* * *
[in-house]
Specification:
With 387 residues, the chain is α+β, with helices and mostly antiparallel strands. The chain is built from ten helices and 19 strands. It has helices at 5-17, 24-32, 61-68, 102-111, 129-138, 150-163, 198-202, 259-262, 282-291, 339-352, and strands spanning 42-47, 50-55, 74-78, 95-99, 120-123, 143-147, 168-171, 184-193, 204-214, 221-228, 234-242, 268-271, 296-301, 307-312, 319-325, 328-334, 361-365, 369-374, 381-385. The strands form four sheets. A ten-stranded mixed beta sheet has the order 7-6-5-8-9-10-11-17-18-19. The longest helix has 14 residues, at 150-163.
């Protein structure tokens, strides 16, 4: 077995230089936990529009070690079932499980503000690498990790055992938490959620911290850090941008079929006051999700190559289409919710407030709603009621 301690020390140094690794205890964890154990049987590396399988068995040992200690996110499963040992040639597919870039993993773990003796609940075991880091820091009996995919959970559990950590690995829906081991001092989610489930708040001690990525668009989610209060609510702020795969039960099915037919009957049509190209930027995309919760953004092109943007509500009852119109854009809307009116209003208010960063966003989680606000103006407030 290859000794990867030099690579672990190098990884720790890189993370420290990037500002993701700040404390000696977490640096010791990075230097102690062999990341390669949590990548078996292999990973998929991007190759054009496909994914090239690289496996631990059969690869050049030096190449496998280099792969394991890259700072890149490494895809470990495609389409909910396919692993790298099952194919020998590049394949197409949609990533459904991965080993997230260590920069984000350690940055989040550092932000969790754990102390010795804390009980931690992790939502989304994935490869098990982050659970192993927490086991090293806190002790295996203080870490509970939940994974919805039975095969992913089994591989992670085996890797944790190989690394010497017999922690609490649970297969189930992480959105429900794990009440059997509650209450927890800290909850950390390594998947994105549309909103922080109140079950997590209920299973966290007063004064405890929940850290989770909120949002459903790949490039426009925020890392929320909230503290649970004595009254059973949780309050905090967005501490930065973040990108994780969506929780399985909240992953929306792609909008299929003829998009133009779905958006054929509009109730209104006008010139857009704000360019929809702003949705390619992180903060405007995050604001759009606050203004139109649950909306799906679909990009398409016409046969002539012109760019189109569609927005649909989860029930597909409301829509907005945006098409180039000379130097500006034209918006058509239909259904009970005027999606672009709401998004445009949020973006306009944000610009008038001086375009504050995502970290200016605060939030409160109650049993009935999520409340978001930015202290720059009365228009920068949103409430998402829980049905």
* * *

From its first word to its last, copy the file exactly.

[in-house]
Specification:
With 387 residues, the chain is α+β, with helices and mostly antiparallel strands. The chain is built from ten helices and 19 strands. It has helices at 5-17, 24-32, 61-68, 102-111, 129-138, 150-163, 198-202, 259-262, 282-291, 339-352, and strands spanning 42-47, 50-55, 74-78, 95-99, 120-123, 143-147, 168-171, 184-193, 204-214, 221-228, 234-242, 268-271, 296-301, 307-312, 319-325, 328-334, 361-365, 369-374, 381-385. The strands form four sheets. A ten-stranded mixed beta sheet has the order 7-6-5-8-9-10-11-17-18-19. The longest helix has 14 residues, at 150-163.
């Protein structure tokens, strides 16, 4: 077995230089936990529009070690079932499980503000690498990790055992938490959620911290850090941008079929006051999700190559289409919710407030709603009621 301690020390140094690794205890964890154990049987590396399988068995040992200690996110499963040992040639597919870039993993773990003796609940075991880091820091009996995919959970559990950590690995829906081991001092989610489930708040001690990525668009989610209060609510702020795969039960099915037919009957049509190209930027995309919760953004092109943007509500009852119109854009809307009116209003208010960063966003989680606000103006407030 290859000794990867030099690579672990190098990884720790890189993370420290990037500002993701700040404390000696977490640096010791990075230097102690062999990341390669949590990548078996292999990973998929991007190759054009496909994914090239690289496996631990059969690869050049030096190449496998280099792969394991890259700072890149490494895809470990495609389409909910396919692993790298099952194919020998590049394949197409949609990533459904991965080993997230260590920069984000350690940055989040550092932000969790754990102390010795804390009980931690992790939502989304994935490869098990982050659970192993927490086991090293806190002790295996203080870490509970939940994974919805039975095969992913089994591989992670085996890797944790190989690394010497017999922690609490649970297969189930992480959105429900794990009440059997509650209450927890800290909850950390390594998947994105549309909103922080109140079950997590209920299973966290007063004064405890929940850290989770909120949002459903790949490039426009925020890392929320909230503290649970004595009254059973949780309050905090967005501490930065973040990108994780969506929780399985909240992953929306792609909008299929003829998009133009779905958006054929509009109730209104006008010139857009704000360019929809702003949705390619992180903060405007995050604001759009606050203004139109649950909306799906679909990009398409016409046969002539012109760019189109569609927005649909989860029930597909409301829509907005945006098409180039000379130097500006034209918006058509239909259904009970005027999606672009709401998004445009949020973006306009944000610009008038001086375009504050995502970290200016605060939030409160109650049993009935999520409340978001930015202290720059009365228009920068949103409430998402829980049905």